15 September 2015
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It seems that RC4 is finally going away. In early September, Google, Microsoft and Mozilla all announced that they will be removing RC4 from their respective browsers in early 2016. Their announcement was a culmination of wide efforts to stop using RC4, one of the oldest and most popular ciphers. Before that, the IETF published RFC 7465 in February 2015 to prohibit RC4 deployments.
There are several reasons for the slow demise of RC4, the biggest probably being the fact that the attacks demonstrated so far are difficult to carry out in practice. Another factor is that RC4 can be used to mitigate some other security problems, which many consider to be more serious.
SSL Labs has long warned about RC4, using varying penalties depending on the exact server configuration. A server with RC4 currently gets a B if it's using RC4 only with old protocols or a C if it's using it with modern protocols. With the next update scheduled for October, RC4-only servers will start getting Fs. Additional penalties will probably be added in the future.
Chrome continues to work on Certificate Transparency (CT) and the infrastructure is slowly coming along. Starting with Chrome 41, released in March 2015, CT is required in order to properly recognise EV certificates. This requirement applies to the certificates issued in January 2015 and later; all earlier certificates have been whitelisted. The fact that CAs are slow to start supporting CT and that Chrome's requirements keep changing, led to many EV certificates failing to get proper recognition.
Until a couple of years ago there was little support for modern protocols. Useful documentation on how to configure servers for encryption was difficult to find, leading to predictably bad results. I am happy to report that those days seem to be behind us. Now, it's common to see strict requirements for good cryptography.
In April, the PCI Security Standards Council issued a revised version of their DSS standard to deprecate SSL and TLS 1.0. Companies have until June 2016 to migrate to more secure protocols.
HTTP/2, released in May, requires at least TLS 1.2 and allows only strong cipher suites that provide forward secrecy. And, although HTTP/2 fell short of requiring encryption, current browser implementation do require it.
In June, the United States CIO issued a memorandum requiring all publicly accessible government web sites to provide service only via a secure connection. To encourage sites to upgrade, they built a dashboard to follow HTTPS deployments.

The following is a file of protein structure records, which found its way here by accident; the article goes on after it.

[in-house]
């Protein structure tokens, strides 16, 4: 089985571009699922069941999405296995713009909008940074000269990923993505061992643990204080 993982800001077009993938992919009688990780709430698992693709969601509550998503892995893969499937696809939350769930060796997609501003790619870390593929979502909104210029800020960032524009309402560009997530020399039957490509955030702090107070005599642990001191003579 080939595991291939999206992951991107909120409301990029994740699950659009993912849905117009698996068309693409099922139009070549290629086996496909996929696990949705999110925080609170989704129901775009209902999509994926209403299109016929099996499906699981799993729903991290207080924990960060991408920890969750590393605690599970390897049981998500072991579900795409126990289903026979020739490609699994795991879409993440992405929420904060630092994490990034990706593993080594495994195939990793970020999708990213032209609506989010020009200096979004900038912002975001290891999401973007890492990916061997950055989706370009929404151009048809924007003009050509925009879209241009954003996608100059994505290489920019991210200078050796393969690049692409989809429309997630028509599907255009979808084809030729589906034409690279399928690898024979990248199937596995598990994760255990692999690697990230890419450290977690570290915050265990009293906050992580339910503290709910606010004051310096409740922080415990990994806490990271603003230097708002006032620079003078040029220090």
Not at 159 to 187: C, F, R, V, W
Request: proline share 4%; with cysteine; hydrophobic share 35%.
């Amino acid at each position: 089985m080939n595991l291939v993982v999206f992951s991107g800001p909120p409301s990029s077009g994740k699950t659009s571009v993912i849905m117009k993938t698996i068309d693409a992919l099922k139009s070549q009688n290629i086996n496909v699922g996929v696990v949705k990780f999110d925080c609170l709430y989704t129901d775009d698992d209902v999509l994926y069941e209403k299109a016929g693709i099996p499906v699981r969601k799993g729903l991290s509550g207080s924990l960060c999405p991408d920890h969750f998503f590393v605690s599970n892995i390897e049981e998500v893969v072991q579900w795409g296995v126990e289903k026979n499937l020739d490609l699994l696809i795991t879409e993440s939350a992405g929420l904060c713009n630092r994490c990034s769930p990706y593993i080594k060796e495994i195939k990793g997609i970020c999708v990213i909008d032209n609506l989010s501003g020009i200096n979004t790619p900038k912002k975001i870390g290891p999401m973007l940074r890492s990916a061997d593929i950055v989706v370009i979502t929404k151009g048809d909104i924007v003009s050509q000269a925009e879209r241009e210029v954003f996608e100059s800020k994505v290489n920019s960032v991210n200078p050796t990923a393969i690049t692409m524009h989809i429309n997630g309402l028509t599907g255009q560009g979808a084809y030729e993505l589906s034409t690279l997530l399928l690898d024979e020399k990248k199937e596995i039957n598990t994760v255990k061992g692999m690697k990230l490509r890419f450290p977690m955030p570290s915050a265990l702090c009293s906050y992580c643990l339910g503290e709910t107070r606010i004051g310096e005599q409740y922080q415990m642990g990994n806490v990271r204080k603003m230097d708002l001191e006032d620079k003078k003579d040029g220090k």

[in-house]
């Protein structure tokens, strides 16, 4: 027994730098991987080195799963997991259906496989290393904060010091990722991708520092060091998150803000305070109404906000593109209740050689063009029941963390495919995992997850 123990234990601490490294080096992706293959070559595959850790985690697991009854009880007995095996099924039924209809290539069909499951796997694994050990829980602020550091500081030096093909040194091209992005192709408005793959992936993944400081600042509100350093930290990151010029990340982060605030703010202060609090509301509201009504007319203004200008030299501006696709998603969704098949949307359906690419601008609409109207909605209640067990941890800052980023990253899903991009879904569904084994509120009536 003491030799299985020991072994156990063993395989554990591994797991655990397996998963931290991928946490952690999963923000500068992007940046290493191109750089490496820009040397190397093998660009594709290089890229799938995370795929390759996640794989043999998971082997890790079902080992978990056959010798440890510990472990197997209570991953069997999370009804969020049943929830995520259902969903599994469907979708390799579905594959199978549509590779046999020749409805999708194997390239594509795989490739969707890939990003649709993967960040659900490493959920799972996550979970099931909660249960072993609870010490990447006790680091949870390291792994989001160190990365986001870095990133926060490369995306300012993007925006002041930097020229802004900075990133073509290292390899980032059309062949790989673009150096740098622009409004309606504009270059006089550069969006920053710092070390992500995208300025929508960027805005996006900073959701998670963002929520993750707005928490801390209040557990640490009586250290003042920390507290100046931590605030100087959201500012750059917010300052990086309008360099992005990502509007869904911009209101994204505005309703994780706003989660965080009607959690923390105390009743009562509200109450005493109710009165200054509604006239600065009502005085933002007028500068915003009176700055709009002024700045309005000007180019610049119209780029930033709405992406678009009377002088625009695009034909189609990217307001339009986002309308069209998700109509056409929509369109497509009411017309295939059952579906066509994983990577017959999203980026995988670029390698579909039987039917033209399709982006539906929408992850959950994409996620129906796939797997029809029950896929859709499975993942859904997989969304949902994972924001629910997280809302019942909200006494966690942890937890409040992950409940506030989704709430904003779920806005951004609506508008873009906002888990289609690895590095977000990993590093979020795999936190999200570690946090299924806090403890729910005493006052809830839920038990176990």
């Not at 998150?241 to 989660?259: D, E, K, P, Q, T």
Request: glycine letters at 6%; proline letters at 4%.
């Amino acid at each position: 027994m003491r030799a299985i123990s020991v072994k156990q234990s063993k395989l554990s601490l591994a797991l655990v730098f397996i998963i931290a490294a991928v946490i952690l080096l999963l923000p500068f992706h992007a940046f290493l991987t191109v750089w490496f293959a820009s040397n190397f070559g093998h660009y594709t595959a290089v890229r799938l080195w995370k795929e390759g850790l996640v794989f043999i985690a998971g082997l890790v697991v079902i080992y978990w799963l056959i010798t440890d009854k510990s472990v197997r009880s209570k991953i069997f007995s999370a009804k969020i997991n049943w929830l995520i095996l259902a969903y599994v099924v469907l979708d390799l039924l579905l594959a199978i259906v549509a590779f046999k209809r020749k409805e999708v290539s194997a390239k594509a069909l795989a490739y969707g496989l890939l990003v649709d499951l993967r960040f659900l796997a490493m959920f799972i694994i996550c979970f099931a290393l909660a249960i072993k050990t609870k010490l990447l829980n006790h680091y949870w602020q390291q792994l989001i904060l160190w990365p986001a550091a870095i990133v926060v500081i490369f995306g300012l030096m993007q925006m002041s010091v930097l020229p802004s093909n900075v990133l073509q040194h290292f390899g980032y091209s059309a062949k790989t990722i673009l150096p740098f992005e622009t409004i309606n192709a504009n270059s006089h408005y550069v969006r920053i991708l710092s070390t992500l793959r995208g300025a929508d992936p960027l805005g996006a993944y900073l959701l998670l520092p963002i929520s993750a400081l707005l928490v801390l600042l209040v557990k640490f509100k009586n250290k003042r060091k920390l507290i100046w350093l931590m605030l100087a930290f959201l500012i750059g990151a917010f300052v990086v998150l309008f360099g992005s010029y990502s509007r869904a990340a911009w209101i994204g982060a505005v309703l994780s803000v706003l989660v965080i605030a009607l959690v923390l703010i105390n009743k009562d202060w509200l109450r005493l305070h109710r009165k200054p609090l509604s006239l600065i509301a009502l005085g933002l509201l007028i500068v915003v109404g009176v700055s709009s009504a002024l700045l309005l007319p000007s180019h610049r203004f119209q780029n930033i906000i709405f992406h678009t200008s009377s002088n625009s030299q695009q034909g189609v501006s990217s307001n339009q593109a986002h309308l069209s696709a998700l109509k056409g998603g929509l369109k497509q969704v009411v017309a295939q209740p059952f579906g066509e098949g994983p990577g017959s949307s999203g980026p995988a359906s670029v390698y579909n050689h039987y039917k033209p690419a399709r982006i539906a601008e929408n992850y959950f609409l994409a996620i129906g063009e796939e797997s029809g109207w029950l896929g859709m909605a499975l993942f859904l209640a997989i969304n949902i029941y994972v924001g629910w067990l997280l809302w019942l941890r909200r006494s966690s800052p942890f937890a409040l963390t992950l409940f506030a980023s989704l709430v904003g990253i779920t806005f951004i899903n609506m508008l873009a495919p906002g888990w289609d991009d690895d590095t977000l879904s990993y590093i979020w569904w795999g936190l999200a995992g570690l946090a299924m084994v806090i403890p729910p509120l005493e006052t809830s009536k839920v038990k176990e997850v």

Also in June, Apple announced a new feature called App Transport Security (ATS), which means that all application communication will be encrypted by default. On the server side, they require at least TLS 1.2, strong cipher suites, strong private keys, and SHA2 certificates. ATS will be deployed in iOS 9 and OS X El Capitan.
In the same month (June seems to have been a particularly good month for TLS), Facebook announced that, starting with October, applications that don't support SHA2 won't be able to connect to their platform.
Although the summer was pretty quiet compared to previous years, we did see some new attacks and vulnerabilities. Some of them were quite interesting and serious, but, for one reason or another, didn't have a strong impact on the ecosystem overall.
In July, there was a new OpenSSL vulnerability, which allowed authentication bypass by an active network attacker. Fortunately, the problem had been introduced only weeks prior to the discovery and there was no time for the vulnerable version to propagate widely.
In August, Hlauschek et al. published their paper on Key Compromise Impersonation (KCI) attacks on TLS. Their work highlighted issues with static DH and ECDH keys, which are very rarely used in TLS and, clearly, don't belong in the standard at all.
In early September, Florian Weimer and Red Hat announced their discovery that some RSA implementations are vulnerable to side-channel attacks, which could lead to private key leakage. However, it seems that only a very small number of servers have been affected.
Finally, this week saw an announcement of an attack against some elliptic curve implementations that could also lead to private key leakage; the Bouncy Castle and Oracle JCE libraries were found vulnerable. However, the vulnerability is in a seldom used feature (against static ECDH keys), which means that there won't be many servers affected by this problem.
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